EU Parliament Rejects Copyright Law Reform That Could Have Destroyed The Internet

Last month the EU tried to overhaul its old copyright law and step into the modern age. The problem was that the law as crafted and supported by many musicians was very overreaching to most. The copyright rules would have placed the responsibility on websites for checking for copyright infringements and forced those websites to pay to link to news stories. Basic linking is what the internet lives on and it is done on literally every website out there.


The controversial regulation has now been defeated in a European parliament in a vote that came down 318-278. The legislation was known as the Copyright Directive and it had two highly contested sections including Articles 11 and 13. Article 11 was meant specifically to add protections to newspapers and other outlets from the likes of Google and Facebook using their materials without paying for it. Opponents dubbed that article a link tax and believed that it would lead to problems with basic linking capability that the internet is built on.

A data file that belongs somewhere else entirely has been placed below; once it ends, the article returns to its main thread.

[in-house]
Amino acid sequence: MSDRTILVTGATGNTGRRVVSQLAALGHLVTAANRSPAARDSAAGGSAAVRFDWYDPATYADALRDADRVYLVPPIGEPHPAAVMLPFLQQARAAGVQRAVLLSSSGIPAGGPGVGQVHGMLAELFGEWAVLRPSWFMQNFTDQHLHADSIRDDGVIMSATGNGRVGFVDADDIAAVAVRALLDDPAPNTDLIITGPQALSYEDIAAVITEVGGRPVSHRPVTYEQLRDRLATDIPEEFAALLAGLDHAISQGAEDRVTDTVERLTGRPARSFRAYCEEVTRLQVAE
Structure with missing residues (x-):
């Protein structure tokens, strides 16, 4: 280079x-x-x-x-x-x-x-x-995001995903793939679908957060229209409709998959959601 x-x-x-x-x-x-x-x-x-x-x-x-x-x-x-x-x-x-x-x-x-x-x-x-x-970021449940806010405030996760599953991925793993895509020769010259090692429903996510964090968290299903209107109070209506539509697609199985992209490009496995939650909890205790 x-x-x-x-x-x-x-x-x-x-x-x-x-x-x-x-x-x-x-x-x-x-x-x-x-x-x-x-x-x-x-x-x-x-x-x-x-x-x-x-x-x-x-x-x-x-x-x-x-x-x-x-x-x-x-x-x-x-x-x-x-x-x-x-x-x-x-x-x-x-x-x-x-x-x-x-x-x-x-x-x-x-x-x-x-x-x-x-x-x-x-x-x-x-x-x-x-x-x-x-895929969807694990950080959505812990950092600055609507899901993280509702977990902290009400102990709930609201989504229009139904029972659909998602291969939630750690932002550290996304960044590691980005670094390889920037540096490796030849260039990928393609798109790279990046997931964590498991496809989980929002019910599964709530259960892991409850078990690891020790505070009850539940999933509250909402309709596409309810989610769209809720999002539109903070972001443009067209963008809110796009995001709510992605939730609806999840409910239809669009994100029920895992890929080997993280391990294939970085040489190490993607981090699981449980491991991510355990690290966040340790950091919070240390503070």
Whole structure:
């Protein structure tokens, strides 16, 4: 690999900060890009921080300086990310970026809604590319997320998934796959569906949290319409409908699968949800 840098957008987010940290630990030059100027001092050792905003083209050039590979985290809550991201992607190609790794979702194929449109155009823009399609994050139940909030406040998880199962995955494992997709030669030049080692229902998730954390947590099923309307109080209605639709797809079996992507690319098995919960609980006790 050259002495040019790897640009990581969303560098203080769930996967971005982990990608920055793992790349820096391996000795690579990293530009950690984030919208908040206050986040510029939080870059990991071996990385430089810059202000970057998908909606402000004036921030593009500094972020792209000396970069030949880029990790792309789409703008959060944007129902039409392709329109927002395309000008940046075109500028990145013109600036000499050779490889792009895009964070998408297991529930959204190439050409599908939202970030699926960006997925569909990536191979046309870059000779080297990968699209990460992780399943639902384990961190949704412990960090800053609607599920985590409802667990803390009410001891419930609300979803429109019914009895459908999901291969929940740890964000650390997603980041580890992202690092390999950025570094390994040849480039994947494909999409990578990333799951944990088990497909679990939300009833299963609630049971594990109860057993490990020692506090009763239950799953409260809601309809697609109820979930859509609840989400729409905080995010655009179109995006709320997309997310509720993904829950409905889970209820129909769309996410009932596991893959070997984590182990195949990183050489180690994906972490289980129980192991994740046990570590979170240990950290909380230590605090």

Article 13 put greater responsibility on websites to enforce copyright laws. The problem is that enforcing copyright is very difficult and very expensive. Reports indicate that the system that YouTube uses to search for copyright infringements cost around $60 million. That fancy and highly expensive system still lets copyright infringement happen daily. Article 13, had it passed, would have forced any online platform where text, images, sounds, or code is posted to assess and filter the content as it was uploaded.

The Copyright Directive was fiercely supported by some high-profile musicians including Paul McCartney, Annie Lennox, Placidio Domingo, and David Guetta but that vocal and famous support failed to sway parliament. Parliament decided that there needed to be more debate on the topic and sent it back to the European Commission for that to take place. It appears that debate will take September 10th through 13th.

Tags:  Copyright, Legal, EU